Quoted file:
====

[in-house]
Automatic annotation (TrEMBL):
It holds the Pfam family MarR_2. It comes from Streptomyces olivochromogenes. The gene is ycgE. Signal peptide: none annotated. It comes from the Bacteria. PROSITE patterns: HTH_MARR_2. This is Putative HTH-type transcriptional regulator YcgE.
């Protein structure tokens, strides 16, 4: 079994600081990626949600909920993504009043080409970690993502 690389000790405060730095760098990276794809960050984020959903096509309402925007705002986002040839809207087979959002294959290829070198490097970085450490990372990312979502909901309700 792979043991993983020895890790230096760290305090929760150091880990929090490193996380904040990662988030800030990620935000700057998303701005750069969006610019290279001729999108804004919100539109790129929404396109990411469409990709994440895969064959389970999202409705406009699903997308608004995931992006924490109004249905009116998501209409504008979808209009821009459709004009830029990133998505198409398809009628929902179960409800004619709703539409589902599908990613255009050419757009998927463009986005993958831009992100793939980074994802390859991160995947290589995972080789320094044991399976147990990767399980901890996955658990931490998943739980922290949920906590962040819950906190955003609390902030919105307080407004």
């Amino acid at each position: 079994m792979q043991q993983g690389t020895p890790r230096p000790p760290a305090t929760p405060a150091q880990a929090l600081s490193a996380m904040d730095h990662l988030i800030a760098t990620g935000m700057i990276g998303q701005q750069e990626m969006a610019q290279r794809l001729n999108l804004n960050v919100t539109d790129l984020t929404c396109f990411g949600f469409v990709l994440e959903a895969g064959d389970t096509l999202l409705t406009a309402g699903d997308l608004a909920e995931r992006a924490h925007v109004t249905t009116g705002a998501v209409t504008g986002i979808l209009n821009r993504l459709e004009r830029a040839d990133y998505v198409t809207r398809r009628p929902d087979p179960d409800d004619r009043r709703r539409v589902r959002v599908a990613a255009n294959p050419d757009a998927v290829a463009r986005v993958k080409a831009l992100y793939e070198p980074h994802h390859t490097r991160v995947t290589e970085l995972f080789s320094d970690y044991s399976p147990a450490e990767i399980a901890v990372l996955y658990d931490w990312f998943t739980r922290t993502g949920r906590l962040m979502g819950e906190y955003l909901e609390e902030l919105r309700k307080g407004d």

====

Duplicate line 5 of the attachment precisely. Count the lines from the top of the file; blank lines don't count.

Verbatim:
């Amino acid at each position: 079994m792979q043991q993983g690389t020895p890790r230096p000790p760290a305090t929760p405060a150091q880990a929090l600081s490193a996380m904040d730095h990662l988030i800030a760098t990620g935000m700057i990276g998303q701005q750069e990626m969006a610019q290279r794809l001729n999108l804004n960050v919100t539109d790129l984020t929404c396109f990411g949600f469409v990709l994440e959903a895969g064959d389970t096509l999202l409705t406009a309402g699903d997308l608004a909920e995931r992006a924490h925007v109004t249905t009116g705002a998501v209409t504008g986002i979808l209009n821009r993504l459709e004009r830029a040839d990133y998505v198409t809207r398809r009628p929902d087979p179960d409800d004619r009043r709703r539409v589902r959002v599908a990613a255009n294959p050419d757009a998927v290829a463009r986005v993958k080409a831009l992100y793939e070198p980074h994802h390859t490097r991160v995947t290589e970085l995972f080789s320094d970690y044991s399976p147990a450490e990767i399980a901890v990372l996955y658990d931490w990312f998943t739980r922290t993502g949920r906590l962040m979502g819950e906190y955003l909901e609390e902030l919105r309700k307080g407004d």